By John Zehren, February 22nd, 2016

dehuman2I’ve always talked to myself. Lately, I find, there’s little I can accomplish, if I don’t talk myself through it. Furthermore, as I find it helps me, I’ve gotten much worse. It seems I talk to myself at all times, about all things, and in the company of others.   me

The Name Game

When I go out to work on a machine, one of the first things I ask a user is, “What’s your machine’s name?” You’d be surprised how often I get that funny stare, followed by the reluctant response, and the chuckles I get when I pet their machine and ask it, “what’s wrong?” or “Are you not feeling good today?” I’ve been naming inanimate objects all my life, and I know many others who do. Many of us pride ourselves on finding the perfect name. I actually believe all things already have names, and we just have to pay attention, to figure them out. Sometimes the name is written right on the machine, sometimes it’s related to a quirk or noise, but in reality, does this change how I look at machines as a mechanic? Who can say? I believe to name something shows we see it. It shows that we acknowledge its importance and significance to us, and that we understand it’s something that needs and deserves attention.

Personally, I’ve come to believe adopting your machine as a pet can actually make you a better operator. When you think of your machine as alive, you start to pay attentions to the things that are making it function, you are subconsciously picking up on minor shifts in sound, vibration, or movement that are symptoms of wear, or a change in your machine. When I start cutting, and my machine seems to be having a bad day, its possible I’m picking up on subtle differences in performance that are finally starting to manifest into actual problems, like bearings going bad. This may be similar to when you hear the pitch of a motor drop under load. We are capable of picking up very small pitch changes, and how that pitch changes tells us about how we are stressing our machine, its limits, or how healthy our motor is.

evolve2

That’s Cheating

Ever have someone walk by while you’re cutting and say, “That’s cheating!” I have. When we do conventional cabinetry or carpentry, the connection between our creativity and our creation feels like it is just our hands. But when we CNC, we start to see the steps between this process. As operators we’ve come to understand we exist, more and more, in the world between the machine and the software, and do less with our own hands. This is balanced differently by everyone. These steps we go through to create something, are our process, and everyone’s process is different.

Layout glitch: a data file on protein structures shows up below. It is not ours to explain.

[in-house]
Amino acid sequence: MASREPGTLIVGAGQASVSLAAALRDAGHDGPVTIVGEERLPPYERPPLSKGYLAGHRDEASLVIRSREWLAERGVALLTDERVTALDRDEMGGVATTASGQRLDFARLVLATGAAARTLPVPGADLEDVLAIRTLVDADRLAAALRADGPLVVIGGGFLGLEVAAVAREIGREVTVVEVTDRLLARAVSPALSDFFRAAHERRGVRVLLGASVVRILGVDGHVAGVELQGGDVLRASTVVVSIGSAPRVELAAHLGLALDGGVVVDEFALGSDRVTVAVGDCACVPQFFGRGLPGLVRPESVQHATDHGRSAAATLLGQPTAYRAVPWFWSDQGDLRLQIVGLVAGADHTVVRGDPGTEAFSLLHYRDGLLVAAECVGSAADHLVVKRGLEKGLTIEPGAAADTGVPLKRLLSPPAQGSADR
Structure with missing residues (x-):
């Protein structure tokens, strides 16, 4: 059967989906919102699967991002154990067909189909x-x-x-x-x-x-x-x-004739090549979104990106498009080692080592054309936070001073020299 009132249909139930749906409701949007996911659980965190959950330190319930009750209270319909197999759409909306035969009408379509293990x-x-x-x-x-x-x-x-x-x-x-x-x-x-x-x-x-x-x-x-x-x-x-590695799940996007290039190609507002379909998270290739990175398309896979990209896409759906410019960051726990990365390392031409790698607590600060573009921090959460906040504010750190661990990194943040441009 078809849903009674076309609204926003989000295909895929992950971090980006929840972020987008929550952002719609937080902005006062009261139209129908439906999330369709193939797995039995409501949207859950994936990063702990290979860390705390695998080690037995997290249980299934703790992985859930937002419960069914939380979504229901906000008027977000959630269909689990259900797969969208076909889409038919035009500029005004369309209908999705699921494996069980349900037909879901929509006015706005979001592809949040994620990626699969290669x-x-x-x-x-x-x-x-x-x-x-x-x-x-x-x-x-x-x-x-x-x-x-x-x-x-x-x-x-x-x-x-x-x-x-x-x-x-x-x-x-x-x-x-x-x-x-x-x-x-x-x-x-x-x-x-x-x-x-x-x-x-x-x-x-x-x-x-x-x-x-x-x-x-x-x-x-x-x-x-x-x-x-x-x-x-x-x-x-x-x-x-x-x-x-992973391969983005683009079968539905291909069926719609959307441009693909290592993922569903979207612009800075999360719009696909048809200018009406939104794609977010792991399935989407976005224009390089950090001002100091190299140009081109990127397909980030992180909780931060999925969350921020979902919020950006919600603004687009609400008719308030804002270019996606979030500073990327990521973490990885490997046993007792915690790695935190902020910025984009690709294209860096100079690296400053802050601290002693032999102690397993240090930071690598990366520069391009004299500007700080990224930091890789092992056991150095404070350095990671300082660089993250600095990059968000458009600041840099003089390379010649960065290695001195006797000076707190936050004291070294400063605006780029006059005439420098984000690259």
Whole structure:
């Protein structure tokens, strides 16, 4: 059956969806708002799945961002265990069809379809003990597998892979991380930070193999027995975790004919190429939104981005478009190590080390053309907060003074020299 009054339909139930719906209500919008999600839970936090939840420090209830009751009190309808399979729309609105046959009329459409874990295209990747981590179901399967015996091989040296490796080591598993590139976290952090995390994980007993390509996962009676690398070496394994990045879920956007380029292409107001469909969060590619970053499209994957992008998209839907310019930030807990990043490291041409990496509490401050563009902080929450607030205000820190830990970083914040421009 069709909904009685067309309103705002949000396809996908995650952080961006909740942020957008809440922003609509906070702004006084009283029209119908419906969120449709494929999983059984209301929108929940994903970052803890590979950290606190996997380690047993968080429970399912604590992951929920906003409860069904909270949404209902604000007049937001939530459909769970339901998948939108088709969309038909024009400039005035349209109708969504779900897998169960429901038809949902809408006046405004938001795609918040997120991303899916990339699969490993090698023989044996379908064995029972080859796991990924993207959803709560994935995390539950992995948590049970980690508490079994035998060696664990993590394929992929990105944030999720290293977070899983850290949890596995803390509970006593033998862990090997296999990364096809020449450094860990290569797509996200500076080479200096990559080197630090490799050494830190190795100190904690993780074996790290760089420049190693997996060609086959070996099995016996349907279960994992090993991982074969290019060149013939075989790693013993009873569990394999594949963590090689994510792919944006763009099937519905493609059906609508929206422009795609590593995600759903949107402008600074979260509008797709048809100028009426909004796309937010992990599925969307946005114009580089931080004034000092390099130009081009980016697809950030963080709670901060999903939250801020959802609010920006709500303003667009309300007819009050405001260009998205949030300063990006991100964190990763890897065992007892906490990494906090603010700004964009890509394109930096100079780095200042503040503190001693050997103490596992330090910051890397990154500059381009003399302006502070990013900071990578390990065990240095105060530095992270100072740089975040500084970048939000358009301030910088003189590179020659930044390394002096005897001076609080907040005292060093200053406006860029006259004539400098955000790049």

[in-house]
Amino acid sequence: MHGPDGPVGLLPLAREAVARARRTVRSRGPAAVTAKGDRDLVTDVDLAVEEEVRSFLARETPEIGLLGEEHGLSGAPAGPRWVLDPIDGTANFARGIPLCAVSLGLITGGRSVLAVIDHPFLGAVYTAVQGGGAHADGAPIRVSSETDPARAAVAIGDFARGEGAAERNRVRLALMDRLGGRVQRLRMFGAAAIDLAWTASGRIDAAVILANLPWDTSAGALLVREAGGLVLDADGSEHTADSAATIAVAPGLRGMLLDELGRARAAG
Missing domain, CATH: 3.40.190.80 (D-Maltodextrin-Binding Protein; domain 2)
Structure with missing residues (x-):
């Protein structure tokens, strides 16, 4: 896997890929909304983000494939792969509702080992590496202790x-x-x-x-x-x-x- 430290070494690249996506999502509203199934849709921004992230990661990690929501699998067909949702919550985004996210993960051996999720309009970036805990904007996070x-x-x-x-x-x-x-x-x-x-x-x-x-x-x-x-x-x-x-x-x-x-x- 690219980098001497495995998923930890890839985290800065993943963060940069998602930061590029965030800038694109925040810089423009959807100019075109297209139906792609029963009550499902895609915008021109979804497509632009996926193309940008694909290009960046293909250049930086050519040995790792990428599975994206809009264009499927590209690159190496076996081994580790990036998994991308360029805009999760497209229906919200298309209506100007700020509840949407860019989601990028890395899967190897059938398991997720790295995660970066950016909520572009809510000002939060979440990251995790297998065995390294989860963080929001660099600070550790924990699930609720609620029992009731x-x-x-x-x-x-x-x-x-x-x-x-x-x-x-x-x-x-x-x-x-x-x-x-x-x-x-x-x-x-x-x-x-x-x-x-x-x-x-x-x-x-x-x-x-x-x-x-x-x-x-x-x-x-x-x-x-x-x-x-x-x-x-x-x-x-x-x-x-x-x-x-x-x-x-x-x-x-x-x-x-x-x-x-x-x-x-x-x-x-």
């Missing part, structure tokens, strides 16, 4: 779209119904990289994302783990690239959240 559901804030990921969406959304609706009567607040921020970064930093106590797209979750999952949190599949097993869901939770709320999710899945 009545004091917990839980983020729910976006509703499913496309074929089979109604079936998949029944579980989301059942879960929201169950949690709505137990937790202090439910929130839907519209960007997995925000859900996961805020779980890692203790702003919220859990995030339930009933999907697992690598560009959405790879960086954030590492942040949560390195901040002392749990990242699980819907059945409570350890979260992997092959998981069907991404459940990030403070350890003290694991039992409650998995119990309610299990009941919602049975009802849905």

Process

More and more, I have come to view all innovation in digital fabrication as unique advancements in process, more than advancements in technology. I am guilty of using the term frequently as the foundation of all hypothesis, so be prepared to hear the term in every blog! I would propose, how each operator develops and nurtures these steps of process, is what makes them truly innovative or brilliant. The idea of the machine doing the work for us, or “Cheating” is irrelevant because that is not where the true craft is happening anymore.

The Rise of The Machine

Dehumanization has been a common idea in culture as long as there has been society. We see it everywhere, in literature, in music, in art, and movies. Humans have always felt replaced by changes in society, let alone advancements in technology. There are countless examples of this throughout history, and researching it on line was overwhelming. The earliest references I found, were Aristotle’s essay to Fry on slavery, where the idea of dehumanizing people by changing them into animals, was referenced in tales of the gods.